Saturday, March 18, 2006

Australian government shuts down spoof site

Chinese-style censorship coming to a country near you!

This is what happens in countries without a Bill of Rights.

A spoof John Howard website that featured a soul searching "apology" speech for the Iraq war has been shut down under orders from the Australian Government.

Richard Neville, an Australian futurist and social commentator was "mystified" to discover his satirical website had been blocked on Tuesday with no explanation from either his web hosting company, Yahoo or the domain name registrar, Melbourne IT.

He said that after two days of silence, a customer service representative from Melbourne IT today informed him by telephone that the site had "been closed on the advice from the Australian Government".

Mr Neville's satirical "apology" speech ran on a mocked-up version of a spoof website that resembled Mr Howard's own, and after going live on Monday, received 10,500 visits within 24 hours.

Bruce Tonkin, the chief technology officer at Melbourne IT, said the site had been shut down in response to a request from the Prime Minister's office on basis that it looked too similar to its own site.

"If we receive a complaint from an intellectual property basis claiming that a website directly infringes the rights of another site we would check it, and if it is a direct copy we would suspend the site," he said.

He said the issue of whether or not the content was satirical was of no consequence to Melbourne IT. "To us it looks like a phishing site," he said.

Mr Neville contests that there are any similarities between a satirical website and a phishing operation, which would typically carry an intent of data or financial theft.

"I don't see how you can make judgements that ignore the content or intention of the site. To give the satire more impact it was important to make it look like an official speech. Obviously there was no hacking of the original site, and I did not choose to make it too close to the actual design, and my name and address were readily accessible," he said.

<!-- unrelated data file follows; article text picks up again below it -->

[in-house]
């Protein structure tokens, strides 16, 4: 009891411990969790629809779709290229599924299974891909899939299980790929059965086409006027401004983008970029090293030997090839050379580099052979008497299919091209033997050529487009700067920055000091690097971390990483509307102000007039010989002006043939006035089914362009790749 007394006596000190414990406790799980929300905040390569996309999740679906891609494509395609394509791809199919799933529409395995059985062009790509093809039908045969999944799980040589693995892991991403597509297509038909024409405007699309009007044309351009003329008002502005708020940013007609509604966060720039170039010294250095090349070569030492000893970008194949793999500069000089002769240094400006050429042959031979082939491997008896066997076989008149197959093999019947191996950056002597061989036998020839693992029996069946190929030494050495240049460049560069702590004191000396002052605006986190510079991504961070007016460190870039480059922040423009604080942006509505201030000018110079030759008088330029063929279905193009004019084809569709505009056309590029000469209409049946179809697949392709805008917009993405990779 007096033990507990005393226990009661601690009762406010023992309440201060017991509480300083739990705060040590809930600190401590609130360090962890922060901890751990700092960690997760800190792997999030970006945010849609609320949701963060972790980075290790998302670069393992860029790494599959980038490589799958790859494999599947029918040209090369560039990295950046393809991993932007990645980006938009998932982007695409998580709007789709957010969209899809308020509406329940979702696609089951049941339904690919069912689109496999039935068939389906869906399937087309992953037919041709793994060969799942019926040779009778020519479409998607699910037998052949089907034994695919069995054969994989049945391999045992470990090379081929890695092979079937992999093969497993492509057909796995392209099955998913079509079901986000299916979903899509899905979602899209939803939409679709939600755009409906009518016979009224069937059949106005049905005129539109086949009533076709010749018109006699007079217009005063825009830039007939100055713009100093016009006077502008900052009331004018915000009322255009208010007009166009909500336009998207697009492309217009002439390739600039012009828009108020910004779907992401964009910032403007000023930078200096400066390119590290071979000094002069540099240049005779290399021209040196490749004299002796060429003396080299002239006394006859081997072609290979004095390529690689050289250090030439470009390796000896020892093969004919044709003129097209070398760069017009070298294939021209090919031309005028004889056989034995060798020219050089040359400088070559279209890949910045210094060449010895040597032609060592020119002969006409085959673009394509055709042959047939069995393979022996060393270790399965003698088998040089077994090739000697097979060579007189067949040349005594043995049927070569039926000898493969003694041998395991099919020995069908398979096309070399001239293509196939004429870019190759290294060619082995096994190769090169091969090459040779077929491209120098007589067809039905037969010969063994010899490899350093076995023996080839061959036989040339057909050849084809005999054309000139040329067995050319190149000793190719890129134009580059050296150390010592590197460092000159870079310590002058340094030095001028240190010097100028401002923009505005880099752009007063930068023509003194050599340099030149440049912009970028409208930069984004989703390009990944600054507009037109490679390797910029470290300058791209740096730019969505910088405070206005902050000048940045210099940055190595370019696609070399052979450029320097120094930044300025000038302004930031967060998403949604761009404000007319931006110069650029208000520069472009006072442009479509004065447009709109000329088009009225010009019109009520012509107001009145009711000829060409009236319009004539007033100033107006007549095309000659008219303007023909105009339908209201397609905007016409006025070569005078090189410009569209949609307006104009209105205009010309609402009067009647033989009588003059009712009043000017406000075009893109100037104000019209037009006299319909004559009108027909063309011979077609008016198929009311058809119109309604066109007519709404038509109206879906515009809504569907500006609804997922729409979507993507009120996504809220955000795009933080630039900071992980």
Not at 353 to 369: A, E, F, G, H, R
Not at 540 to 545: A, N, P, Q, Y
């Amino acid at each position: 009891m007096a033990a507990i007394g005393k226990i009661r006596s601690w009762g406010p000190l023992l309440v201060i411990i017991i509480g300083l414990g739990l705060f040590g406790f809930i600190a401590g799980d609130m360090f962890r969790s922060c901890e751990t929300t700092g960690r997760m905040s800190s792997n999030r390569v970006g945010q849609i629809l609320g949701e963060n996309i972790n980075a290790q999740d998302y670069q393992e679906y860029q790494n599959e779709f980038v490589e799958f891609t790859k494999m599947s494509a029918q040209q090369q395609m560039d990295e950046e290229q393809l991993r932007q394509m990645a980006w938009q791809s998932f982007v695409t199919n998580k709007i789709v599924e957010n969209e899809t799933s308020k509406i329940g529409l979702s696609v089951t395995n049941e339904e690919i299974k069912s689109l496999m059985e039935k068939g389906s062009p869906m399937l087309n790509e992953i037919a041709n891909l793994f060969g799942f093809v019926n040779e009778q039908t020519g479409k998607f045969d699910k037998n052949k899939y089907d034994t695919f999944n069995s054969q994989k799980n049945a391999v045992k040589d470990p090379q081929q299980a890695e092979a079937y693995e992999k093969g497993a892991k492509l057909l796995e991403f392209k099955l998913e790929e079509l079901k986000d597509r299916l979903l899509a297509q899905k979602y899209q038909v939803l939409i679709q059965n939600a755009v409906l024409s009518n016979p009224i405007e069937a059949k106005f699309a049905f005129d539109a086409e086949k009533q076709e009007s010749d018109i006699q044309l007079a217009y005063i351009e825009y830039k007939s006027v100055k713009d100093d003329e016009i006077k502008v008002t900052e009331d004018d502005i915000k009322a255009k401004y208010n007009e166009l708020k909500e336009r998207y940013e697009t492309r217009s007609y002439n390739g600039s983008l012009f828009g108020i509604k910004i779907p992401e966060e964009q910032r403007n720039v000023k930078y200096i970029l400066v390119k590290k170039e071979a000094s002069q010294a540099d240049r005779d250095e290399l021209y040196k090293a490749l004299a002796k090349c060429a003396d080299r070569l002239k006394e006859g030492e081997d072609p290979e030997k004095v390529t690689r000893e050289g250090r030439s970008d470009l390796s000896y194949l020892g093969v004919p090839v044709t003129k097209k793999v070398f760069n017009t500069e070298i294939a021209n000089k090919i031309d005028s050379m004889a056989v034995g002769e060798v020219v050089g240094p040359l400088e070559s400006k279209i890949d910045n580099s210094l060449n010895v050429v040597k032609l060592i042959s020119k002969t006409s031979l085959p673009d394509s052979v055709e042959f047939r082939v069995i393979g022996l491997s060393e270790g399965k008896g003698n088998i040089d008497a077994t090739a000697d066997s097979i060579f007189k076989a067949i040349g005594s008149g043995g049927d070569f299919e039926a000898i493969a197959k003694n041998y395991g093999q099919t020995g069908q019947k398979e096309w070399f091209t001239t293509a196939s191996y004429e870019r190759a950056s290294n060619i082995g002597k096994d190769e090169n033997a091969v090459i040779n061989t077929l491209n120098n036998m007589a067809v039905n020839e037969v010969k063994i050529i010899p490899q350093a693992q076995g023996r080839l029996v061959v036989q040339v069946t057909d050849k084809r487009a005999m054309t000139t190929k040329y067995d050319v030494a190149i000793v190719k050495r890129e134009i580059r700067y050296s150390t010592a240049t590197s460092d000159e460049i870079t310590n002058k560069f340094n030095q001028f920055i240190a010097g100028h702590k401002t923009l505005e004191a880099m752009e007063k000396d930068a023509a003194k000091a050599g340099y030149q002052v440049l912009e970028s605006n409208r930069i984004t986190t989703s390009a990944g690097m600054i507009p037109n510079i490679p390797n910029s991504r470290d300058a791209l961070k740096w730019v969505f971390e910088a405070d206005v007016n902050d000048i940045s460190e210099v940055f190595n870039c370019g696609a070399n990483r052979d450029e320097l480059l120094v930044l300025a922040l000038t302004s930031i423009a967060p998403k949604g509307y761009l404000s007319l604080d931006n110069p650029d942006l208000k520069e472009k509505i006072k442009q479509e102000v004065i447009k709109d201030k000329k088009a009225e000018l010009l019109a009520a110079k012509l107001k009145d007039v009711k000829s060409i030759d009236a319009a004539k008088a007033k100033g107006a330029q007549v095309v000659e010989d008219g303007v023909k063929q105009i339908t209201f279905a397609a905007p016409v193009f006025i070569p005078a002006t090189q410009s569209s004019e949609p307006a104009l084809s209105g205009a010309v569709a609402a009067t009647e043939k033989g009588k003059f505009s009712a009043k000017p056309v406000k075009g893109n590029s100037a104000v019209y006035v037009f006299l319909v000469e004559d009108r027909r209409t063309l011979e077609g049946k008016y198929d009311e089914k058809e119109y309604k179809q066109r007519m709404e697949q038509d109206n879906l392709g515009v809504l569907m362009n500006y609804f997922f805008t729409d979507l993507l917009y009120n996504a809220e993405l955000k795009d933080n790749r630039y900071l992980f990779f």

He added that one of the reasons he had chosen Yahoo's hosting service was because it did not have any obvious policies that restricted the nature of content that could be published.

"If there were objections to the content on the site, isn't there a democratic tradition that I be informed of it," he said.

Mr Neville describes the parody as an act of satire and culture jamming, and is now running a link to a PDF copy of the speech on his website.

He has been involved in satirical publishing since the 1960's when he edited Oz magazine, which covered contentious issues of the time. However some of the subject matter led to obsenity charges for him and his colleagues, that were later overturned.

You can now see the results of Australia's draconian anti-terrorism legislation of 2005, which reaffirms and expands the disused, yet unrepealed Australian sedition law and effectively prohibits anti-government dissent.

Please support the NSWCCL campaign for an Australian Bill of Rights now!

EDIT: Now the tendency is spreading out to the United States

In an unusual and little-known case, the Pennsylvania Attorney General's Office has seized four computer hard drives from a Lancaster newspaper as part of a statewide grand-jury investigation into leaks to reporters.

The dispute pits the government's desire to solve an alleged felony - computer hacking - against the news media's fear that taking the computers circumvents the First Amendment and the state Shield Law.

The state Supreme Court declined last week to take the case, allowing agents to begin analyzing the data.

"This is horrifying, an editor's worst nightmare," said Lucy Dalglish, executive director of the Reporters Committee for Freedom of the Press in Washington. "For the government to actually physically have those hard drives from a newsroom is amazing. I'm just flabbergasted to hear of this."

The precedent has been set. As I've predicted before, repression used in foreign countries will be used to justify repressions conducted in your own country, Bill of Rights or not. This is why constitutional documents can no longer be assumed to protect people just because they exist. They must be upheld, and the government must be confronted with its violation, or else it is nothing but a piece of paper (as Bush put it quite eloquently).

For people in countries without a Bill of Rights, you must act as if one were in effect, and clamour for the government to uphold the values of a free and democratic society. You might think it's too late or impractical at this point to implement a Bill of Rights, but the simple action of campaigning for it establishes its legitimacy. Rights are not guaranteed by legal documents; they are guaranteed when they are recognised and demanded by the people.


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